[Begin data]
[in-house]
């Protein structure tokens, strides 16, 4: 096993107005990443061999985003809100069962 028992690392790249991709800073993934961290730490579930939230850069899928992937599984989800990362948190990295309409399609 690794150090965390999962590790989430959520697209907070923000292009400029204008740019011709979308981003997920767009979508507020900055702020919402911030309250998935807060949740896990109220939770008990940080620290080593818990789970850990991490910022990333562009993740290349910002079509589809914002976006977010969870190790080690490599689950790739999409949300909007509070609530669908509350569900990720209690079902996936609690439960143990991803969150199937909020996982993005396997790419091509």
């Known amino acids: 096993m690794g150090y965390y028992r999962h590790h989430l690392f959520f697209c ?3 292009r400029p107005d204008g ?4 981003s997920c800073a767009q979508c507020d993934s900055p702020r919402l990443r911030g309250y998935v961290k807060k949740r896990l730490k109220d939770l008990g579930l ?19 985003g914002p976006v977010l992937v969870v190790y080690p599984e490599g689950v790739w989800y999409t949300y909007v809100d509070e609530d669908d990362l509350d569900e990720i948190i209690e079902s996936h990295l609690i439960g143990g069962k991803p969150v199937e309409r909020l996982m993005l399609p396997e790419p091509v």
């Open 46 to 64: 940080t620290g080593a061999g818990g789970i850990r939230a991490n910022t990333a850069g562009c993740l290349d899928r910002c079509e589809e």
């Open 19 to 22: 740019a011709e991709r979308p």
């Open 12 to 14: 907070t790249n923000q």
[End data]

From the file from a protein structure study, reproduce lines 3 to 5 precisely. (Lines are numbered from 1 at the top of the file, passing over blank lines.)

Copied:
């Known amino acids: 096993m690794g150090y965390y028992r999962h590790h989430l690392f959520f697209c ?3 292009r400029p107005d204008g ?4 981003s997920c800073a767009q979508c507020d993934s900055p702020r919402l990443r911030g309250y998935v961290k807060k949740r896990l730490k109220d939770l008990g579930l ?19 985003g914002p976006v977010l992937v969870v190790y080690p599984e490599g689950v790739w989800y999409t949300y909007v809100d509070e609530d669908d990362l509350d569900e990720i948190i209690e079902s996936h990295l609690i439960g143990g069962k991803p969150v199937e309409r909020l996982m993005l399609p396997e790419p091509v």
């Open 46 to 64: 940080t620290g080593a061999g818990g789970i850990r939230a991490n910022t990333a850069g562009c993740l290349d899928r910002c079509e589809e």
């Open 19 to 22: 740019a011709e991709r979308p």